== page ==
Neutrophils may be a biomarker for SSc progression, mortality risk
By Claire Barnard, medwireNews Reporter
Study findings suggest that higher blood neutrophil counts and neutrophil-to-lymphocyte ratio (NLR) are associated with an increased risk for disease progression and mortality in patients with early systemic sclerosis (SSc).
When considered alongside “the recent discovery of a peripheral blood neutrophil gene expression signature”, these findings “support an important role for neutrophils in SSc, which merits further investigation”, write the researchers in Arthritis Care & Research.
Shervin Assassi (University of Texas Health Science Center, Houston, USA) and colleagues evaluated neutrophil and lymphocyte counts from 377 patients with early SSc (<5 years from the first non-Raynaud’s phenomenon symptom) who were included in the GENISOS cohort. Patients (17.8% men) were aged a mean of 48.4 years at baseline with a mean disease duration of 2.47 years; the average modified Rodnan Skin Score (mRSS) was 16.2 points and the average forced vital capacity (FVC) – a surrogate measure of SSc-associated interstitial lung disease (ILD) – was 82.5% predicted.
The team found that higher baseline neutrophil counts were significantly associated with more severe disease features at baseline, including diffuse cutaneous involvement, higher mRSS and lower FVC. NLR was similarly associated with diffuse cutaneous involvement and higher mRSS, but not with FVC.
Assassi et al then looked at disease progression over a median follow-up of 3 years, finding that higher baseline neutrophil count and NLR were significantly associated with higher mRSS and lower FVC measured serially over time. They note that both baseline and serially measured NLR values remained significantly associated with more severe skin and lung involvement after adjustment for race and baseline prednisone use.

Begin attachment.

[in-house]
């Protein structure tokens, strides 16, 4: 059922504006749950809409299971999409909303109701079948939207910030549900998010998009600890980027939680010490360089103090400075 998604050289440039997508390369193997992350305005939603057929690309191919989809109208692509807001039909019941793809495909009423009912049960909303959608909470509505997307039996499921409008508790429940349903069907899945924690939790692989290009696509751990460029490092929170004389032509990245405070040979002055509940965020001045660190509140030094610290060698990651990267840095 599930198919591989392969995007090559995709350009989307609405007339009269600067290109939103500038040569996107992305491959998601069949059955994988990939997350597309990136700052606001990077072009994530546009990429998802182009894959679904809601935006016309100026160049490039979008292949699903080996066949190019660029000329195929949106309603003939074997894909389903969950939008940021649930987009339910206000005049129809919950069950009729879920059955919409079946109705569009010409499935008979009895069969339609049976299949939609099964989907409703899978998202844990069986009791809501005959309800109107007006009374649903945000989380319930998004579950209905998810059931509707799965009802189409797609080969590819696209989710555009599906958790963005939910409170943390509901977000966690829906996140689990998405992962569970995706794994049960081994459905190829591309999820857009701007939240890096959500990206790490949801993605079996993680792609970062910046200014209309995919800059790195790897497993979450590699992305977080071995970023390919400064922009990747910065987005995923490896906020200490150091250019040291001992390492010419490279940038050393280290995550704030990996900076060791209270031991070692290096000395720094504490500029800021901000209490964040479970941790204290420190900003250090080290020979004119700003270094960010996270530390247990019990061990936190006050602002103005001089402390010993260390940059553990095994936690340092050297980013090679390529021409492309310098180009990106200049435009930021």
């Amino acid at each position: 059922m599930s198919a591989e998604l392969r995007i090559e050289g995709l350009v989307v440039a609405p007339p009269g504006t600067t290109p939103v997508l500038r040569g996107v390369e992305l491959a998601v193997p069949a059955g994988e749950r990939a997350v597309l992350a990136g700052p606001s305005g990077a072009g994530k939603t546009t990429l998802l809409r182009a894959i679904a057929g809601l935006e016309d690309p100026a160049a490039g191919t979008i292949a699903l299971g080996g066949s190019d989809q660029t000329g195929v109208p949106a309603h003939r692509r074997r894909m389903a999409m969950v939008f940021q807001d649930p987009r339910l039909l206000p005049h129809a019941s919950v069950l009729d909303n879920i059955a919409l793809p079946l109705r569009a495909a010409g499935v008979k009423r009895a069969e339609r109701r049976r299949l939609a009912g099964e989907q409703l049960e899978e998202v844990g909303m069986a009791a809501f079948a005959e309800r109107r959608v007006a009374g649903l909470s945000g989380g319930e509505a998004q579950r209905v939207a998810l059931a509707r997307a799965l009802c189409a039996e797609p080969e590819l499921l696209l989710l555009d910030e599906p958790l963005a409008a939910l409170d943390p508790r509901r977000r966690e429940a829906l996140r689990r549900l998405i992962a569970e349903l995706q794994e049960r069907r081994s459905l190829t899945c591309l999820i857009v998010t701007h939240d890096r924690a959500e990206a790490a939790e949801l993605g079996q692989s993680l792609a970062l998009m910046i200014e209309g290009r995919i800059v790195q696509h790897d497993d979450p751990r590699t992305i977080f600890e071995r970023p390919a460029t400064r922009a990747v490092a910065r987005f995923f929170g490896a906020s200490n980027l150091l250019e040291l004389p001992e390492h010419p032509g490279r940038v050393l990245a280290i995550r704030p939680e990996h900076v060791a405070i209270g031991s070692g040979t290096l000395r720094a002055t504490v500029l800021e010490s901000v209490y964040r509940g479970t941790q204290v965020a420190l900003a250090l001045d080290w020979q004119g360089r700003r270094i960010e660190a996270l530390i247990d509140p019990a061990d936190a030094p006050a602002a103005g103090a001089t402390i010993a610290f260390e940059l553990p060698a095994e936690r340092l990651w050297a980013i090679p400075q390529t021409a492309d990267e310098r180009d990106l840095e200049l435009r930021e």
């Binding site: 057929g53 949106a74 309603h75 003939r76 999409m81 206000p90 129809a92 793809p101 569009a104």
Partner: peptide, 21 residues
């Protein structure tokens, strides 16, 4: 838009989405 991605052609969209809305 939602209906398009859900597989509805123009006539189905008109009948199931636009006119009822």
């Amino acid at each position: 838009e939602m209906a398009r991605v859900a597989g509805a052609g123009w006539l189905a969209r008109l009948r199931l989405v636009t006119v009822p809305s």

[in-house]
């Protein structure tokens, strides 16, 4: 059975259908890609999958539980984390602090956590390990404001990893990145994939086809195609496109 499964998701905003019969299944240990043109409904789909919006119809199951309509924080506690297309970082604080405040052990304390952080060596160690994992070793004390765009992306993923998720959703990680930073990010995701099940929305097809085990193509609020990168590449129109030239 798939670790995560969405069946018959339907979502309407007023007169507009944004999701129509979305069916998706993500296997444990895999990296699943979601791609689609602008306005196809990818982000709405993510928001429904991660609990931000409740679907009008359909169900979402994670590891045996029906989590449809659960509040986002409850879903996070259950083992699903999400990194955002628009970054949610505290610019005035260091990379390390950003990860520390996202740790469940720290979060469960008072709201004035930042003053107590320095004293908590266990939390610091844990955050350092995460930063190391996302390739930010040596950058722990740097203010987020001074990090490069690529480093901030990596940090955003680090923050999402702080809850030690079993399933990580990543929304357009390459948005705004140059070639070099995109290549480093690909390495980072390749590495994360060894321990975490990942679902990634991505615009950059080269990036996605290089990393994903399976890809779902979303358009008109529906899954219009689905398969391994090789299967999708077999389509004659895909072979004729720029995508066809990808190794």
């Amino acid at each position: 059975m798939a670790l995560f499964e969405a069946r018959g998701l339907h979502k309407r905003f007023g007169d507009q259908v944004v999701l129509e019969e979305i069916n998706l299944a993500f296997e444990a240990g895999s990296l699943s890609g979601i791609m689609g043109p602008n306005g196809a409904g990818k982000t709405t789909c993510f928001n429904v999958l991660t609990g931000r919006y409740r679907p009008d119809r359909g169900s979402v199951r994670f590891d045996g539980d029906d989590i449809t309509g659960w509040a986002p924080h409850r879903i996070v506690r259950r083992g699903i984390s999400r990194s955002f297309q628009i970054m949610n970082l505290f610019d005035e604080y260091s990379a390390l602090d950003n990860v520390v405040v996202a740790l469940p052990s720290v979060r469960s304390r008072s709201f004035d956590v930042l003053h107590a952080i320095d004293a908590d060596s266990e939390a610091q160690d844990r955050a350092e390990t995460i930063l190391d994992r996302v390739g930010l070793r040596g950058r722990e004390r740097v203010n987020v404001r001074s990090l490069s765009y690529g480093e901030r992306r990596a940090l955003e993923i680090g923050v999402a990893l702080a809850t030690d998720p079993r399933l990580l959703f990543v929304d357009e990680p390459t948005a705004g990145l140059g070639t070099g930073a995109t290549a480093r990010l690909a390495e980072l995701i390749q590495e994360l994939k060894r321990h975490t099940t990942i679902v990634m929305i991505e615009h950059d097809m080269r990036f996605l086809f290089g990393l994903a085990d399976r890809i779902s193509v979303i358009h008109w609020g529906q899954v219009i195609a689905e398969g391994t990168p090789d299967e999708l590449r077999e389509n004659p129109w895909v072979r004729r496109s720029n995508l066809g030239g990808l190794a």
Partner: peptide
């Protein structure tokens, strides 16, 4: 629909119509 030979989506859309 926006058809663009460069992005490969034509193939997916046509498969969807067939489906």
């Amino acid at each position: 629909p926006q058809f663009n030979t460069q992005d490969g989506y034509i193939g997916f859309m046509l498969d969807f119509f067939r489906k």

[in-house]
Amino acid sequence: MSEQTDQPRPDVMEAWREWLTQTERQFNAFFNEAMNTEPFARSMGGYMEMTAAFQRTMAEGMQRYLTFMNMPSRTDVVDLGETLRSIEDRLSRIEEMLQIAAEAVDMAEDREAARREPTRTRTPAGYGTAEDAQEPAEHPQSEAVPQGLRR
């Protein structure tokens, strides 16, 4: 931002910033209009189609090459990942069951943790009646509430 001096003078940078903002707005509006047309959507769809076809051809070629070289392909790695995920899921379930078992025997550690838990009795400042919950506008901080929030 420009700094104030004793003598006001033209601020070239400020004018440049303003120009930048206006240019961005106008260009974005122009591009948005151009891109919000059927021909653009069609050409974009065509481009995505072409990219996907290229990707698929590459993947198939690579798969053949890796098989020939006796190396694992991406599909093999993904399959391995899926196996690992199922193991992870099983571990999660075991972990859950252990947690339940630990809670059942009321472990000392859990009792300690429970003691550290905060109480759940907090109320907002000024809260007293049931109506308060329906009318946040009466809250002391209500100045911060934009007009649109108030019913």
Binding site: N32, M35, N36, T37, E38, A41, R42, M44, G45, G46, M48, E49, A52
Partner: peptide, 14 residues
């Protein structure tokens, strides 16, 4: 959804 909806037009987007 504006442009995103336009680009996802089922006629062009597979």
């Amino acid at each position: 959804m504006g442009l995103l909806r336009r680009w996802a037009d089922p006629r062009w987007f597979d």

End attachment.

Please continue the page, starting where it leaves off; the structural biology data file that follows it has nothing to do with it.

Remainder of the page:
In addition, multivariable analysis showed that higher baseline neutrophil count and NLR were significant predictors of mortality after adjustment for baseline and clinical factors, with adjusted hazard ratios (HRs) of 1.47 and 1.48, respectively.
The investigators confirmed their findings in a validation cohort of 134 patients with SSc-ILD from the SLS II trial. In this population, baseline neutrophil counts predicted mortality risk with a HR of 2.22, while NLR predicted mortality risk with a HR of 1.84 after adjustment for age and treatment arm.
“Cumulatively, these results provide direct clinical support for a pathological role of neutrophils both independently and possibly via interaction with lymphocytes in SSc pathogenesis”, say Assassi and colleagues.
They conclude: “Mechanistic studies further investigating the modulatory role of the neutrophils and its relationship to adaptive immunity can provide important insights into pathogenesis of SSc and its complications.”
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Arthritis Care Res 2022; doi:10.1002/acr.24880